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A Choir of Ill Children by Tom Piccirilli
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A Choir of Ill Children (2003)

by Tom Piccirilli

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261365,813 (3.93)11
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All finished. Enjoyed it, but can't really recommend it to anyone except for those seeking a doctoral thesis on metaphors and similes. Quite a fine bit of writing, but horror? Not so much. I found the narrator to be quite jovial in the midst of madness, nary a flicker of fear or dread to be found within these pages. Weird and somewhat disturbing imagery and circumstances, yes. Scary, no. It was a very mentally stimulating read, almost a bit too rich. Even though it was a short book, the thickness of the brew was best enjoyed in small portions. I rate "the writing" four stars (Even though it was a bit too unrelentingly show-offy, we all enjoy a mind-blowing guitar solo, but after a while knock it off and play a few chords, you know?), but the story itself barely rated two stars, thus an average rating of three for the book overall. Interesting cast of characters, promising set-up, but ultimately all these intriguing things end up becoming little more than a static backdrop for an unending display of virtuosic wordsmithy that, while impressive, inevitably numbs one's senses. Tell me a story that gets my heart pounding, makes me feverishly turn the pages. The narrator of the story was just a bit too clever and blase for his own good, and a good story could have compensated for it, but it just wasn't there. Still, I remain in awe of Tom Piccirilli's command of the English language, and will likely return to his writings again at some point in the future, if only to boost my own IQ a few points from time to time. There were quite a few cryptic passages and recurring themes that probably were chock-full of sybolism and life-changing meaning, but to someone of my limited capacity for enlightment and penchant for cracking open a horror novel solely for the purpose of having a good time, these brain-teasers and conundrums struck me as "full of sound and fury, yet signifying nothing." Clearly a lot of work and love went into this book, and it shows on every page.s ( )
  Evans-Light | Sep 30, 2013 |
One of the important books of our time. A horrifying, lyrical, mind-bending Southern Gothic that both Faulkner and Poe would surely have loved. Certainly the best horror tale of recent years. ( )
  BookBindingBobby | Mar 29, 2010 |
This is a very strange novel that at first seemed confusing and was difficult to get into. Although confusing isn't the correct term. I just wasn't sure where the plot was heading or how the characters fit. But I was lulled by the author's style of writing and decided to let the story take me where it would. And it took me for a memorable ride. A very strange and unique ride filled with conjoined triplets, a coven of witches, child killers, ghosts, snake eaters, drug addled film students, private investigators, a leg eating bull gator and more. I'm not sure you would consider this fun reading, but I sure as heck enjoyed it. ( )
  timdt | Apr 8, 2009 |
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Author nameRoleType of authorWork?Status
Tom Piccirilliprimary authorall editionscalculated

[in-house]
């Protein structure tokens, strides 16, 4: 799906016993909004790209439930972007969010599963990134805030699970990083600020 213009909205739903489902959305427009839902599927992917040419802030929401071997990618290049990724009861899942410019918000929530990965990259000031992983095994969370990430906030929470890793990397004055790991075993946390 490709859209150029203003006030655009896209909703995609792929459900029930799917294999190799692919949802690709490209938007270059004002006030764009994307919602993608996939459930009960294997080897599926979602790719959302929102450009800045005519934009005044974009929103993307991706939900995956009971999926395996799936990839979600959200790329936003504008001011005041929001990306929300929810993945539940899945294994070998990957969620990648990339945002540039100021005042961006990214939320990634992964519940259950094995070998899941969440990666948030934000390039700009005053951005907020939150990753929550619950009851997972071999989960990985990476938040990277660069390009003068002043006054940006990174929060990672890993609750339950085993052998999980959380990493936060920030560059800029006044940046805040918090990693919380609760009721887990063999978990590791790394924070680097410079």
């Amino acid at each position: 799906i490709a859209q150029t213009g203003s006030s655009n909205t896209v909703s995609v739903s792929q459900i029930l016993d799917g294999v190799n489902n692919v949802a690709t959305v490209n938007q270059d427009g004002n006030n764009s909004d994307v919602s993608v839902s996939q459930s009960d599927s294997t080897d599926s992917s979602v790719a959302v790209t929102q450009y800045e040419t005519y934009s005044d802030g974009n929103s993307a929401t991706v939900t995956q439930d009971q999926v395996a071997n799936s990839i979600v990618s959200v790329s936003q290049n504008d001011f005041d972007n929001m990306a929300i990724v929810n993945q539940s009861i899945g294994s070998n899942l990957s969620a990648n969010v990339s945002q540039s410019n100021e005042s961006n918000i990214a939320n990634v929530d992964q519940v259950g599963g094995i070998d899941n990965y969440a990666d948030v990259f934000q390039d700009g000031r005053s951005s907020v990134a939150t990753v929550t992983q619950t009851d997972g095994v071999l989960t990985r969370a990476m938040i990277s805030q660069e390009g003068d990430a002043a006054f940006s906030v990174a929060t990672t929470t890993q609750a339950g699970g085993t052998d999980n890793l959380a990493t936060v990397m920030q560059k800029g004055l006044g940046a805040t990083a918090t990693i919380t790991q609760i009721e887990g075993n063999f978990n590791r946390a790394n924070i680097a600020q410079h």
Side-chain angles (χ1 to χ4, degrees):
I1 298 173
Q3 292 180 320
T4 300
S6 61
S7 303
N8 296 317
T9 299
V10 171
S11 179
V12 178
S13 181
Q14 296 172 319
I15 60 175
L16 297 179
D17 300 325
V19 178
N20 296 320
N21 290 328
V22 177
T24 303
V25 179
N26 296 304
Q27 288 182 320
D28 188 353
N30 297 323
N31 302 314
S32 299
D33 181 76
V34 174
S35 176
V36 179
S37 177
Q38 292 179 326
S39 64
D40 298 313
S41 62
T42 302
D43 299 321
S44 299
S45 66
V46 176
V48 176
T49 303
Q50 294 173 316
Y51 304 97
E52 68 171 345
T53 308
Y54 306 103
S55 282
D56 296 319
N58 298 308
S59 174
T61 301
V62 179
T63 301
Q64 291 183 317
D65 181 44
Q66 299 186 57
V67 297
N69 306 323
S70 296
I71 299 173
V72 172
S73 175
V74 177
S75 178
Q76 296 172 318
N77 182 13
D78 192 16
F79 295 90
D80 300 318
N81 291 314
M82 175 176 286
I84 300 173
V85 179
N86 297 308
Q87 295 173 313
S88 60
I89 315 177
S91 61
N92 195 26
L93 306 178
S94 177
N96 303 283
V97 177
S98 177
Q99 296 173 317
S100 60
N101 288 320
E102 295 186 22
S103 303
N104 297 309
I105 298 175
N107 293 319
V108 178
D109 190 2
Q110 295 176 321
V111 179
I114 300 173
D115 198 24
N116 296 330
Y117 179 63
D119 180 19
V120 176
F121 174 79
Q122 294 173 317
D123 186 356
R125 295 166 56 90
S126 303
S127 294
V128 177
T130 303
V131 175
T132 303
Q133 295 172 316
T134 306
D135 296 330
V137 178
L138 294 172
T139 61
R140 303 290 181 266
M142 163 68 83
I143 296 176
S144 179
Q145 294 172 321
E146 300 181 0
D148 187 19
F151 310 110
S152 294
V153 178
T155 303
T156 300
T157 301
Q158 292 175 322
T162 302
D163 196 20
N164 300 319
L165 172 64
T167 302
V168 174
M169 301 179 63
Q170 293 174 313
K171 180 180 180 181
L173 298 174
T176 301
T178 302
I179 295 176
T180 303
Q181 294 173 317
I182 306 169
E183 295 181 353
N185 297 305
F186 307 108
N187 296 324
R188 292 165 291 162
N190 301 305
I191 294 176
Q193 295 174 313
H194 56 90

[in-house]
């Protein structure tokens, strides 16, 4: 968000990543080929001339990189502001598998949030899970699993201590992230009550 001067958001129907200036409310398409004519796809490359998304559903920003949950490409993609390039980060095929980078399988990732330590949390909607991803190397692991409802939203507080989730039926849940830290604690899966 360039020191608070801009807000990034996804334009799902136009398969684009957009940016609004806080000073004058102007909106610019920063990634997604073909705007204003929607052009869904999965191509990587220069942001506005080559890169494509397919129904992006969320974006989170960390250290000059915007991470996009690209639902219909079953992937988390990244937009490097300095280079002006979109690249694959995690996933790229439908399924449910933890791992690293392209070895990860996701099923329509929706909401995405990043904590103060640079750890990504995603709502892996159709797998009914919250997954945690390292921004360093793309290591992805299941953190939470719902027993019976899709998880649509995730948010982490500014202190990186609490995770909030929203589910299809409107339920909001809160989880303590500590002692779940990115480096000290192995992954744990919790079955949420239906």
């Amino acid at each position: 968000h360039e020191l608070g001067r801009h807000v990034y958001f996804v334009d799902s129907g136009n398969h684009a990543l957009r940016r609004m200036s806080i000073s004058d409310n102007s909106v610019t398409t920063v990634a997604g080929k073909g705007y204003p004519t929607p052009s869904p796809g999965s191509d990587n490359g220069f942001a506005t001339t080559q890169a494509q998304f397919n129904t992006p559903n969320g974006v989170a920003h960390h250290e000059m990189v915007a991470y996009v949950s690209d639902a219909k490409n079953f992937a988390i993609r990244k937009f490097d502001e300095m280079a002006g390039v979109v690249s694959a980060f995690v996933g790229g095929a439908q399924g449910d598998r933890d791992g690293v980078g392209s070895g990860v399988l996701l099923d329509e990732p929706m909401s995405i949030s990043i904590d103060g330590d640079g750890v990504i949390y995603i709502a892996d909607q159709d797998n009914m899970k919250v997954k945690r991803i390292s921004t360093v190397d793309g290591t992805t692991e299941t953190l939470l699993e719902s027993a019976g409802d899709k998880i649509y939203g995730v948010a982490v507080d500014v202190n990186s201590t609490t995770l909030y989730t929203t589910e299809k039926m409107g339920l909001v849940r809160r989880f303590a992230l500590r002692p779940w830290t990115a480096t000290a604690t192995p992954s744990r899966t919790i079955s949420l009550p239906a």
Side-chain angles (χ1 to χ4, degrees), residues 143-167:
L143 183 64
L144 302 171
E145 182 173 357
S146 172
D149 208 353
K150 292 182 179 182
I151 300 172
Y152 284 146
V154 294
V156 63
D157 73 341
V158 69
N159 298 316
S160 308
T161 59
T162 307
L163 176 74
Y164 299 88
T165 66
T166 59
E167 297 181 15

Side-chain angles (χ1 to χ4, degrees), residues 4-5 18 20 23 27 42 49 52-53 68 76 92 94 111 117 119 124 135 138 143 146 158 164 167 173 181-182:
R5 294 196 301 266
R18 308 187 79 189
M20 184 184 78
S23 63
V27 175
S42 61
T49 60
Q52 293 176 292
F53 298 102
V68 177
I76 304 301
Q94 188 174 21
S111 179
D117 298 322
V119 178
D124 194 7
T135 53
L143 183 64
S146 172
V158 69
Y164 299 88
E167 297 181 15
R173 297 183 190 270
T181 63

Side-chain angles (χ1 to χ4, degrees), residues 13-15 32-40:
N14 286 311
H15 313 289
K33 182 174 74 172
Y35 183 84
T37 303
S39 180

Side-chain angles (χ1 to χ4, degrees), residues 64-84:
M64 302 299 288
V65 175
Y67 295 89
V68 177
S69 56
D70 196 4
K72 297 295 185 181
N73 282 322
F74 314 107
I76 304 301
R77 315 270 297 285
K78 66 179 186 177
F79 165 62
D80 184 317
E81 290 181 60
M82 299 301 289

CanigliaCover artistsecondary authorsome editionsconfirmed
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For Michelle, who gives me a reason
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We move in spasms.
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Amazon.com Product Description (ISBN 0553587196, Mass Market Paperback)

This lyrical tale of evil, loss, and redemption is a stunning addition to the Southern gothic tradition of Flannery O’Connor and Harry Crews.

A Choir of Ill Children is the startling story of Kingdom Come, a decaying, swamp backwater that draws the lost, ill-fated, and damned.

Since his mother’s disappearance and his father’s suicide, Thomas has cared for his three brothers—conjoined triplets with separate bodies but one shared brain—and the town’s only industry, the Mill.

Because of his family’s prominence, Thomas is feared and respected by the superstitious swamp folk. Granny witches cast hexes while Thomas’s childhood sweetheart drifts through his life like a vengeful ghost and his best friend, a reverend suffering from the power of tongues, is overcome with this curse as he tries to warn of impending menace. All Thomas learns is that “the carnival is coming.”

Torn by responsibility and rage, Thomas must face his tormented past as well as the mysterious forces surging toward the town he loves and despises.

(retrieved from Amazon Thu, 12 Mar 2015 18:12:48 -0400)

The startling story of Kingdom Come, a decaying, swamp backwater that draws the lost, ill-fated, and damned. Since his mother's disappearance and his father's suicide, Thomas has cared for his three brothers--conjoined triplets with separate bodies but one shared brain--and the town's only industry, the Mill. Because of his family's prominence, Thomas is feared and respected by the superstitious swamp folk. Granny witches cast hexes while Thomas's childhood sweetheart drifts through his life like a vengeful ghost. His best friend, a reverend suffering from the power of tongues, is overcome with this curse as he tries to warn of impending menace. All Thomas learns is that "the carnival is coming". Torn by responsibility and rage, Thomas must face his tormented past as well as the mysterious forces surging toward the town he loves and despises.… (more)

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